Matt Austin is a pretty prolific artist, educator, and organizer based in Chicago, IL. He is also the founder of The Perch, a creative platform for social exchange through collaborative programs and projects such as book publishing, symposium dinners, public programs, and so on. Matt collaborates with his equally prolific brother Jeff Austin (who we’ve worked with in the past) in several capacities including The Perch, where he serves as the Director of Education. For these straightforward features, I usually try to write the artist’s bio in my own voice, in order to give the content a more personal feel. But, Matt sent me such thoughtful writing about his practice and his work that I have to share it as he wrote it (quoted text is directly from the artist). Matt’s practice is exciting and inspiring because I feel personally aligned to the way he approaches his multidisciplinary practice. It seems that through every experience, whether art related or not, Matt strives to experiment with process, connect with people, and foster exchange in the most genuine way.

"From Downtown (We Got This)" installation by Matt Austin and Jeff Austin at MCA Chicago

“From Downtown (We Got This)” installation by Matt Austin and Jeff Austin at MCA Chicago

“Matt Austin is an artist and educator based in Chicago, IL. Matt tends to apply his approaches to art making in all facets of his life: working, teaching, getting older, having dinner, etc. Though his practices vary widely – from making photographs to publishing books, hosting dinners to building benches – his work remains focused on the importance of honesty and learning from others. Many of his creative projects are motivated by tragic experience and frequently engage the idea of learning to appreciate through embracing difficulty. Inspired by failure and often motivated by fear, he mostly demonstrates his enthusiasm for living by trying.”

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Megan Taylor Noe


Meg Noe

Megan Taylor Noe likes dark things. Her sculptures and photographs express a fascination with morbidity and explore the mutability of objects and the transience of time. The genesis of this work produced her first book, Black Sun, which was published by Oranbeg Press in early 2014. Her work has recently been exhibited in Brooklyn in Mute Annotations at Bad News, in Chicago at Cardinal Cross - a guerrilla exhibition in the Back of the Yards warehouse district – and in Reliquary at The University of Saint Francis Gallery in Joliet, IL. Meg is also the Associate Director of Terrain Exhibitions in Oak Park, Illinois and the curator at David Weinberg Photography in Chicago, Illinois.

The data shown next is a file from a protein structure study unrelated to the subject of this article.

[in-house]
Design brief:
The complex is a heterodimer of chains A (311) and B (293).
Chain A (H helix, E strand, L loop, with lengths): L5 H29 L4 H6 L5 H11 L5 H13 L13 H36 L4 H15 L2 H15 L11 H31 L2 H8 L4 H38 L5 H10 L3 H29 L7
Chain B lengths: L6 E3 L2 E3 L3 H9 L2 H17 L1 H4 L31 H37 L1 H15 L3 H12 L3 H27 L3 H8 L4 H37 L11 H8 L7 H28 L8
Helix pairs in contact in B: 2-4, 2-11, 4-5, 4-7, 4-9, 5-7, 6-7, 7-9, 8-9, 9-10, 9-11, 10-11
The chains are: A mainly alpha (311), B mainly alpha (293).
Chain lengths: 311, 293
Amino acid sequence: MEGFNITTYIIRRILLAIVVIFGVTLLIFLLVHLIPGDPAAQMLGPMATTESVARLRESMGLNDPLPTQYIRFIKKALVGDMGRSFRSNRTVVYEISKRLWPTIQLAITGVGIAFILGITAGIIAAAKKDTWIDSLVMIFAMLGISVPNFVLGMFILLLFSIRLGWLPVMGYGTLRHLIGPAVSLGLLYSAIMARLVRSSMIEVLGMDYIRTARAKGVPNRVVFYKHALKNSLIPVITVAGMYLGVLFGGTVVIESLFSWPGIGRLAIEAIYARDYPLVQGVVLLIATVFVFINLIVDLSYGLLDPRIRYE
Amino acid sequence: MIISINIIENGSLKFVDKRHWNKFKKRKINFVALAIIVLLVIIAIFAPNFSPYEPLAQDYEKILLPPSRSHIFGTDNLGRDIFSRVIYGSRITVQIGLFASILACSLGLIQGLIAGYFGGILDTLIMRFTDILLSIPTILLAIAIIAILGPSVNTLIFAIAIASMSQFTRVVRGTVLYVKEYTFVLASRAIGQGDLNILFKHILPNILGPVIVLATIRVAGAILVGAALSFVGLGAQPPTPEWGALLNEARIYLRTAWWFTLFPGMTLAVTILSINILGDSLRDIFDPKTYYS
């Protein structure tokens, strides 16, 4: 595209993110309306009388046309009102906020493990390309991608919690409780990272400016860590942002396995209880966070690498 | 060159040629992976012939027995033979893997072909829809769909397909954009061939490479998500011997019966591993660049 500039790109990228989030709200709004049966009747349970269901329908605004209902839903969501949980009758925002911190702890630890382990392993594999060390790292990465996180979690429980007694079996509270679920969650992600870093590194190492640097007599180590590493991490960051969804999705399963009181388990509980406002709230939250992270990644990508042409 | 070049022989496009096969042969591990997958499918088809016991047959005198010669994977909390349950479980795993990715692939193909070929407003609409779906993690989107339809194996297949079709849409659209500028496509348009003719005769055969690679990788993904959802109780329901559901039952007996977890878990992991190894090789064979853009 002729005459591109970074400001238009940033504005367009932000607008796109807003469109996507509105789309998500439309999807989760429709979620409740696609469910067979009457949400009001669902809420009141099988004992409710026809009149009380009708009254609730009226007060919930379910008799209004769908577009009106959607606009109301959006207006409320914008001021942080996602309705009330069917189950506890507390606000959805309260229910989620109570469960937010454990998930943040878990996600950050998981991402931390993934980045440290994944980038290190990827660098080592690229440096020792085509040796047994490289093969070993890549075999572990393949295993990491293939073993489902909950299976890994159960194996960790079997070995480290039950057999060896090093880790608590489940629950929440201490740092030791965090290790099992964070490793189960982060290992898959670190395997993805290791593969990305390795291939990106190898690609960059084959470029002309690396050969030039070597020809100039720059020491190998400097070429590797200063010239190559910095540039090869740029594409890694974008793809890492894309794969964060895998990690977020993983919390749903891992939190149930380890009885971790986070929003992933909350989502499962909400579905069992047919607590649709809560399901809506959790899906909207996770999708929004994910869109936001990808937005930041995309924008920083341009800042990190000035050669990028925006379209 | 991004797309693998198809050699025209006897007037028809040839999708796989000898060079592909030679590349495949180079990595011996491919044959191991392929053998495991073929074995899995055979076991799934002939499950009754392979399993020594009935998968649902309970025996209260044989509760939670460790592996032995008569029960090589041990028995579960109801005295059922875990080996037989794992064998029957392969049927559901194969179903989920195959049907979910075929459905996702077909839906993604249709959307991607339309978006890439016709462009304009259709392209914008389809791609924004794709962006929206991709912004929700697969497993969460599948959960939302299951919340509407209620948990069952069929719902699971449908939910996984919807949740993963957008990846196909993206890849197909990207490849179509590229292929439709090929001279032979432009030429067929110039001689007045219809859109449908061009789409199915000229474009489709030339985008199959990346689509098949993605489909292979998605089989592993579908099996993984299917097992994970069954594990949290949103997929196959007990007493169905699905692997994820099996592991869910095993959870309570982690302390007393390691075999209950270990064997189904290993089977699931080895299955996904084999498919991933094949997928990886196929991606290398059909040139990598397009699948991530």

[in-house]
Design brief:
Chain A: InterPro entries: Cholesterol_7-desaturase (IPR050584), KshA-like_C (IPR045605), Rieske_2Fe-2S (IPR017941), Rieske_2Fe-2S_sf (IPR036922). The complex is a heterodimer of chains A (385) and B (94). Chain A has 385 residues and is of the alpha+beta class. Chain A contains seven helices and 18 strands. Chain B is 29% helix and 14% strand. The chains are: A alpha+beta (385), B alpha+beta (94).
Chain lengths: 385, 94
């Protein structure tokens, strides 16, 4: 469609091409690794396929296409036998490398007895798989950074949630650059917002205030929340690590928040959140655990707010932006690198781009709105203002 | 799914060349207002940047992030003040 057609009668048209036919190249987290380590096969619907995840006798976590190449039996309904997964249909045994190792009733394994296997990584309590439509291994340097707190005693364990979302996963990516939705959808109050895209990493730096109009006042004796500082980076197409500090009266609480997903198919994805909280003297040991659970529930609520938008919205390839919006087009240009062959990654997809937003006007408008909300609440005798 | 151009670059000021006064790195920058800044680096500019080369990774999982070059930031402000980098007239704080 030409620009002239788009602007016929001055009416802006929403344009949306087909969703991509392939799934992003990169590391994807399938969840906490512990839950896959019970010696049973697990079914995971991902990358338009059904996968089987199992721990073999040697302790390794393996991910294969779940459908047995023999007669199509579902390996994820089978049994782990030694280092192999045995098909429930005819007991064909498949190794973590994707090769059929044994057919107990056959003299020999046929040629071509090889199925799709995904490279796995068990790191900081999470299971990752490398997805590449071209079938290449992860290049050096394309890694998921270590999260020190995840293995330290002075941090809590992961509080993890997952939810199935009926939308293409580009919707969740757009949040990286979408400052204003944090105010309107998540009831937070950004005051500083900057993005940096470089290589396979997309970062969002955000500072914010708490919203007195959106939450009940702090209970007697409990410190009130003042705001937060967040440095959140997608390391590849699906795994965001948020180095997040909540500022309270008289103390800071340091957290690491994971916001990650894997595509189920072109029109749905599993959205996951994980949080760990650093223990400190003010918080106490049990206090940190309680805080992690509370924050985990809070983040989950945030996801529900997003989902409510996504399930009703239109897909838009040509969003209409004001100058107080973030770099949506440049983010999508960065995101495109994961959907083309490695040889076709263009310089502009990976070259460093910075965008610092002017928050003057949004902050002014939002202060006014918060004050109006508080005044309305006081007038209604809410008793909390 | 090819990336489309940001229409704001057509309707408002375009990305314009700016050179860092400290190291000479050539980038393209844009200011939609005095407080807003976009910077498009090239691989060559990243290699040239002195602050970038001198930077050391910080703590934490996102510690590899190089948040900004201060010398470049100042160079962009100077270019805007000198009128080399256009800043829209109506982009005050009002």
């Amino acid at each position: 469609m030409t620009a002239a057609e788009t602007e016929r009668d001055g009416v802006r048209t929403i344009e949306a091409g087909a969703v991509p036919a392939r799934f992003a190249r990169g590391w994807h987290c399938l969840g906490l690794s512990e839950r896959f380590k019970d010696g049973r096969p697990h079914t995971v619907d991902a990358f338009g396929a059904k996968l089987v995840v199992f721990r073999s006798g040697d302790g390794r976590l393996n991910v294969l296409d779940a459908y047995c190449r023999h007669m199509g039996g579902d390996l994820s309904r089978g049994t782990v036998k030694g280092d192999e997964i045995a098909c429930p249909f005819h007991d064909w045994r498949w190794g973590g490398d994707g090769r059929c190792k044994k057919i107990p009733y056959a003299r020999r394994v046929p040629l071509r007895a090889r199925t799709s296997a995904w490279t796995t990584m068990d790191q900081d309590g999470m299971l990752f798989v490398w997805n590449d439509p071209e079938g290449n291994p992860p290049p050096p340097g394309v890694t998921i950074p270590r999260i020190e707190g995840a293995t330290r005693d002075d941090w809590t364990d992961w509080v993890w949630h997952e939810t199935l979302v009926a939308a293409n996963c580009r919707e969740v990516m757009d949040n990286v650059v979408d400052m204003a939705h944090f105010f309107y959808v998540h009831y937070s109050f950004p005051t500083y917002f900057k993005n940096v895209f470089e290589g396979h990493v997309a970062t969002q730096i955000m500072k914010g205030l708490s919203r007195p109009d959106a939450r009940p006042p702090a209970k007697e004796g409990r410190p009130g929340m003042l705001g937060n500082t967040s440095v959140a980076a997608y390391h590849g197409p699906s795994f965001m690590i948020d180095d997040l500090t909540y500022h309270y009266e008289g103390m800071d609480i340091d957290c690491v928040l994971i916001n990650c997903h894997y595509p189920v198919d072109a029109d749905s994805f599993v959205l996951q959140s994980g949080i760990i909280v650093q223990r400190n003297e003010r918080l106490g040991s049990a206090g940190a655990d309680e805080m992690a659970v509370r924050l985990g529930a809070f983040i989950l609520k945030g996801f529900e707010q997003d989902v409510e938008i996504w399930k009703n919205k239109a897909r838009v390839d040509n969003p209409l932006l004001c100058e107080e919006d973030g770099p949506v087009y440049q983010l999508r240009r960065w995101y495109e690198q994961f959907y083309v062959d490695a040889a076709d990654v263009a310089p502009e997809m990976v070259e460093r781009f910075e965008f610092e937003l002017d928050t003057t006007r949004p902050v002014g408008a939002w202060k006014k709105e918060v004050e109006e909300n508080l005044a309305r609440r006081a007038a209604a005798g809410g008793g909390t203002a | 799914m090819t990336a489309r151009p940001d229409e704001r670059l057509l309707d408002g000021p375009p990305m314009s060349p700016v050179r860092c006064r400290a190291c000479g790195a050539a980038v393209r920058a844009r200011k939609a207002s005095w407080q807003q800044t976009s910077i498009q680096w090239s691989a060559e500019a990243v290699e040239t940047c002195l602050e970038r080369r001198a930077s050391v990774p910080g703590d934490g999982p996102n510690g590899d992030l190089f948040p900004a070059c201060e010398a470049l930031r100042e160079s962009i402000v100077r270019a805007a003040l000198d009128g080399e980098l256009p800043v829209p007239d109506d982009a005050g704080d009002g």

You can still check out Meg Noe’s work in Mute Annotations at Bad News at Black Bear Bar in Brooklyn, NY (70 N. 6th St.). She will also have work in 11:11, a screening at Kitchen Space Gallery in Chicago, IL this weekend, September 27-28, 2014.

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Mike Paro



Chicago-based artist Mike Paro frames his practice through conceptual concerns that are contingent, changing, and fairly fluid. He approaches his work through ad hoc design and the concept of synecdoche. On one hand, Mike finds some oddity already within his work and copies it – ad hoc. On the other hand, some of his works incorporate conflation or confusion between part and whole, relating to synecdoche. Through each approach, Mike experiments with geometry, composition, color, and form, exploring the intersection of aesthetics and process.

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Studio Visit: Liz Ensz

Liz Ensz

Not many artists that I know personally are making much (if any) money off of their work. We all have other day or night jobs teaching, art handling, or working in the service industry. We work hard throughout the year so that we can pay rent and bills and then hopefully take some time off, leave the city, have adventures, and work on our art. I met up with Liz Ensz in her studio at the end of July before she did just that. For a few weeks in August, she was in the Upper Peninsula of Michigan at the Visitor Center, an artist residency that she runs with Margaret Coleman, Amy Joy Hosterman, Josh Hosterman, and James Lentz. Next up, she’ll be spending a month at Salem Art Works in New York where she’ll get to do an iron pour, then head to Providence, Rhode Island for an artist talk and a metal casting workshop hosted by The Steel Yard. She’ll stop by Tyler University and the Maryland Institute College of Art to give some artist lectures before going to Oregon for another month-long residency at PLAYA and then finally go to the Oregon College of Art and Craft for some workshops. I’m glad I was able to visit her studio before all this and look forward to seeing what happens along her travels.